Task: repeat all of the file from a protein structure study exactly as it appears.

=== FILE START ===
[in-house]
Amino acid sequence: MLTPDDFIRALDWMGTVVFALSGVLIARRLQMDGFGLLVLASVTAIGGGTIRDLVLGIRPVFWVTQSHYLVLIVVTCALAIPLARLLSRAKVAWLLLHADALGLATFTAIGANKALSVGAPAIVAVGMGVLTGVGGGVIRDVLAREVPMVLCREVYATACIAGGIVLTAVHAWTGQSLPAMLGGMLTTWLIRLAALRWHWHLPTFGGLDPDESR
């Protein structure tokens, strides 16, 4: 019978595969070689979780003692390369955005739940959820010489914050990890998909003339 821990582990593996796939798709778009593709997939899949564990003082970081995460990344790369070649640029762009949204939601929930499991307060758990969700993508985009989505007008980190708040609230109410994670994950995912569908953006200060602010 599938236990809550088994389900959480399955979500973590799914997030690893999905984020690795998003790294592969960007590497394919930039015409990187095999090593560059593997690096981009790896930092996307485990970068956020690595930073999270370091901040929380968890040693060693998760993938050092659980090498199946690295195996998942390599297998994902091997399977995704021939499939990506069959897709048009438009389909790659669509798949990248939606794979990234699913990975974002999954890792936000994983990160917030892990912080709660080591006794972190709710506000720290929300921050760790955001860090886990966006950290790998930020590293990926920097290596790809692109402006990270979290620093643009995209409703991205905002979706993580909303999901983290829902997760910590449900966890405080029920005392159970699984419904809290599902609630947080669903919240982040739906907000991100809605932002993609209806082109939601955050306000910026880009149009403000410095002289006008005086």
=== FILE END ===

[in-house]
Amino acid sequence: MLTPDDFIRALDWMGTVVFALSGVLIARRLQMDGFGLLVLASVTAIGGGTIRDLVLGIRPVFWVTQSHYLVLIVVTCALAIPLARLLSRAKVAWLLLHADALGLATFTAIGANKALSVGAPAIVAVGMGVLTGVGGGVIRDVLAREVPMVLCREVYATACIAGGIVLTAVHAWTGQSLPAMLGGMLTTWLIRLAALRWHWHLPTFGGLDPDESR
């Protein structure tokens, strides 16, 4: 019978595969070689979780003692390369955005739940959820010489914050990890998909003339 821990582990593996796939798709778009593709997939899949564990003082970081995460990344790369070649640029762009949204939601929930499991307060758990969700993508985009989505007008980190708040609230109410994670994950995912569908953006200060602010 599938236990809550088994389900959480399955979500973590799914997030690893999905984020690795998003790294592969960007590497394919930039015409990187095999090593560059593997690096981009790896930092996307485990970068956020690595930073999270370091901040929380968890040693060693998760993938050092659980090498199946690295195996998942390599297998994902091997399977995704021939499939990506069959897709048009438009389909790659669509798949990248939606794979990234699913990975974002999954890792936000994983990160917030892990912080709660080591006794972190709710506000720290929300921050760790955001860090886990966006950290790998930020590293990926920097290596790809692109402006990270979290620093643009995209409703991205905002979706993580909303999901983290829902997760910590449900966890405080029920005392159970699984419904809290599902609630947080669903919240982040739906907000991100809605932002993609209806082109939601955050306000910026880009149009403000410095002289006008005086």